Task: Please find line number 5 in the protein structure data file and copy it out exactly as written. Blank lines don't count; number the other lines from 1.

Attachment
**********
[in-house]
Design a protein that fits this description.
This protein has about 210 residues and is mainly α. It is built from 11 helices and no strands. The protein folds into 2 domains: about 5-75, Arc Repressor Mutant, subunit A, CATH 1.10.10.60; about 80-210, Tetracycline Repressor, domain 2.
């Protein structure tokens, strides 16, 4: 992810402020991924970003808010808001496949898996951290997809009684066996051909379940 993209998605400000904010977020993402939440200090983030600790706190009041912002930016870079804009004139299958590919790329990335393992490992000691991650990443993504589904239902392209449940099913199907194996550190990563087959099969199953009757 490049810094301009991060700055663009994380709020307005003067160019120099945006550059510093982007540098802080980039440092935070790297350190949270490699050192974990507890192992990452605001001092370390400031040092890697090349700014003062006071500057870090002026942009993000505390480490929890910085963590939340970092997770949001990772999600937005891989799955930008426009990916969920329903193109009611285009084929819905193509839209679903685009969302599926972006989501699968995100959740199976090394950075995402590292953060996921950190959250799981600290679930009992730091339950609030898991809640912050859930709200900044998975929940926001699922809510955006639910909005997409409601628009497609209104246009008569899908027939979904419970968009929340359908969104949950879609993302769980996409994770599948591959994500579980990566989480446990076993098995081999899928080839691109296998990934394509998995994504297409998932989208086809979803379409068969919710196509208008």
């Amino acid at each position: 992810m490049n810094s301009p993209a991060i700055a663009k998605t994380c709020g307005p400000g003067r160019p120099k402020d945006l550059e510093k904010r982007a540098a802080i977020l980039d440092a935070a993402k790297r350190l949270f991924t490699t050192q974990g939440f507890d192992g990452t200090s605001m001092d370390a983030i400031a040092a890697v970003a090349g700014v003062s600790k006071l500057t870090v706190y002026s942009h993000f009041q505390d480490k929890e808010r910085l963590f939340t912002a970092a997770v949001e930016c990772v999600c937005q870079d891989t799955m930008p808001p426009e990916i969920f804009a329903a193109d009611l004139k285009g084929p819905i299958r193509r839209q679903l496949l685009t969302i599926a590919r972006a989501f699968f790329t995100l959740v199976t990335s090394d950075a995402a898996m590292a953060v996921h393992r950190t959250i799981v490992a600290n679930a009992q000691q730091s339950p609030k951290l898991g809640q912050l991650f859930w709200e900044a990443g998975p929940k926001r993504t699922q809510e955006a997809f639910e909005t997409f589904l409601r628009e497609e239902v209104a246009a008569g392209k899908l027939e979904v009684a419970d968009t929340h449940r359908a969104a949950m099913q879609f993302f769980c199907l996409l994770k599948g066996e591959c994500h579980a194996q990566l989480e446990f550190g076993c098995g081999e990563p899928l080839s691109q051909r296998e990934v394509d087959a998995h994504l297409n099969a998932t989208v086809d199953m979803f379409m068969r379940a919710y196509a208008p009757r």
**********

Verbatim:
């Amino acid at each position: 992810m490049n810094s301009p993209a991060i700055a663009k998605t994380c709020g307005p400000g003067r160019p120099k402020d945006l550059e510093k904010r982007a540098a802080i977020l980039d440092a935070a993402k790297r350190l949270f991924t490699t050192q974990g939440f507890d192992g990452t200090s605001m001092d370390a983030i400031a040092a890697v970003a090349g700014v003062s600790k006071l500057t870090v706190y002026s942009h993000f009041q505390d480490k929890e808010r910085l963590f939340t912002a970092a997770v949001e930016c990772v999600c937005q870079d891989t799955m930008p808001p426009e990916i969920f804009a329903a193109d009611l004139k285009g084929p819905i299958r193509r839209q679903l496949l685009t969302i599926a590919r972006a989501f699968f790329t995100l959740v199976t990335s090394d950075a995402a898996m590292a953060v996921h393992r950190t959250i799981v490992a600290n679930a009992q000691q730091s339950p609030k951290l898991g809640q912050l991650f859930w709200e900044a990443g998975p929940k926001r993504t699922q809510e955006a997809f639910e909005t997409f589904l409601r628009e497609e239902v209104a246009a008569g392209k899908l027939e979904v009684a419970d968009t929340h449940r359908a969104a949950m099913q879609f993302f769980c199907l996409l994770k599948g066996e591959c994500h579980a194996q990566l989480e446990f550190g076993c098995g081999e990563p899928l080839s691109q051909r296998e990934v394509d087959a998995h994504l297409n099969a998932t989208v086809d199953m979803f379409m068969r379940a919710y196509a208008p009757r």